The local authorities are all at sixes and sevens in interpreting the meaning of an improvement grant. As a result, members of the public who purchase an old house with a view to remodelling are suffering. I hope that my hon. Friend will give us some guidance and will consider the problem which is created as a result of the differing attitudes taken by local authorities. This is a matter that is causing great concern not only in my constituency but in many others. I hope my hon. Friend will consider whether strict guidance can be given to local authorities. That would lead to some uniformity. I should like to see that guidance made mandatory so that development departments in Scotland could lay down the rules and say "These are the rules; obey them." The present degree of tomfoolery that is going on within the authorities in their interpretation of the improvement grant system must be stopped.

If it is not possible to make a set of rules mandatory, I should like my hon. Friend to indicate whether strict lines of guidance, advice and instruction can be given to local authorities to try to bring about a better measure of uniformity and a more generous interpretation of the improvement grant system.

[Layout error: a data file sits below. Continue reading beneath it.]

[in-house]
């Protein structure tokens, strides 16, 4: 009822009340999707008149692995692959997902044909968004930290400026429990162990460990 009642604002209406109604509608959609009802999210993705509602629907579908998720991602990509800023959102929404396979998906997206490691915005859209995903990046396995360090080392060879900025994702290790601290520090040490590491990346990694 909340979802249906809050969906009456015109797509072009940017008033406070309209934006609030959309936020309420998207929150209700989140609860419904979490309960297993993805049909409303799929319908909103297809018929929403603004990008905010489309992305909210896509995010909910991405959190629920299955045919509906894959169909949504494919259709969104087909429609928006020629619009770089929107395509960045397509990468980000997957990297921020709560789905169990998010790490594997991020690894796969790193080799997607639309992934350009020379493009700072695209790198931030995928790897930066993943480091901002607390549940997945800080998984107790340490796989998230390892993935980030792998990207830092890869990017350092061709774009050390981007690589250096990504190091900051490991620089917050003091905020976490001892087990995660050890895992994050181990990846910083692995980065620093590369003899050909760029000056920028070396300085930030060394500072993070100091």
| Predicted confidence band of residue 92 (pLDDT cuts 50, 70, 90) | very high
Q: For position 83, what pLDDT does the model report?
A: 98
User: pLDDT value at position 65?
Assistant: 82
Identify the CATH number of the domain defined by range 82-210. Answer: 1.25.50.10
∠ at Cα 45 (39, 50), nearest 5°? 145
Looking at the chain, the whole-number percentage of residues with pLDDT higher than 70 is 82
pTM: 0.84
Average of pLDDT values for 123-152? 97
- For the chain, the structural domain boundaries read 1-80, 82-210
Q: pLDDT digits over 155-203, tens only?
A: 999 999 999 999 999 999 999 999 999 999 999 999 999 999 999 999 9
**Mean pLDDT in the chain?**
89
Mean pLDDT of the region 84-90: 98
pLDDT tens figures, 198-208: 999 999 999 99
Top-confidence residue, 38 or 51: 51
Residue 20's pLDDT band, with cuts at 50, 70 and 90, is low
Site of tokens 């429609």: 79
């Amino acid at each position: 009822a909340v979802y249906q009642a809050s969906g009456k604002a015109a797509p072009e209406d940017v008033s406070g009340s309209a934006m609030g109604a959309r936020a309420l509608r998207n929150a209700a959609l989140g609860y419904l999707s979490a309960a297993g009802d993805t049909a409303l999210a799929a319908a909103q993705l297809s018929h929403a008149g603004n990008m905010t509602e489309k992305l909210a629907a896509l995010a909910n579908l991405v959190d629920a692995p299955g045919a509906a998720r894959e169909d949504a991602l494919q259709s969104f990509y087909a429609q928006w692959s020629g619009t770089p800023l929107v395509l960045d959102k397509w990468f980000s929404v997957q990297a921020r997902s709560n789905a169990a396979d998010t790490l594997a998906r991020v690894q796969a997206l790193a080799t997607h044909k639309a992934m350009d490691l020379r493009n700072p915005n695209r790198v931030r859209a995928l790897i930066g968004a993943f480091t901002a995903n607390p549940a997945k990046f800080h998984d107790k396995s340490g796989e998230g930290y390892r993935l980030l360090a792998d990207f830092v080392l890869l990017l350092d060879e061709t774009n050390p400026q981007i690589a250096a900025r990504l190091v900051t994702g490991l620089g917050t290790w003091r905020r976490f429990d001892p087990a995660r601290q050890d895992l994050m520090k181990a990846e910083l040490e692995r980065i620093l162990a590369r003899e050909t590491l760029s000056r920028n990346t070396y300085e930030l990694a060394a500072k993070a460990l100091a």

Mr. Millan

I could not accede to the amendment which was tabled in Committee. I explained at that time why it was not possible to do so. We are now dealing with a similar amendment which uses a different set of words. We must basically decide whether we want to allow local authorities to have discretion. In Clause 7 there are standard grant provisions which pick up the provisions of earlier legislation but in this part of the Bill we are dealing with discretionary grants. The essence of such grants is that local authorities must be able to exercise a reasonable amount of judgment. If the central Government were to lay down rules there would no longer be discretionary grants but standard grants.

Mr. Dempsey

That would be a good thing.

Mr. Millan

That is my hon. Friend's opinion, but the local authorities are already complaining about getting far too many instructions from the central Government about what they should and should not do. That applied, for example, when the previous Government determined the rents that should be charged by local authorities. That might also happen if we were to attempt to lay down strict rules. We are willing to give guidance to local authorities on how they should exercise their powers under this kind of legislation. Indeed, we give such guidance.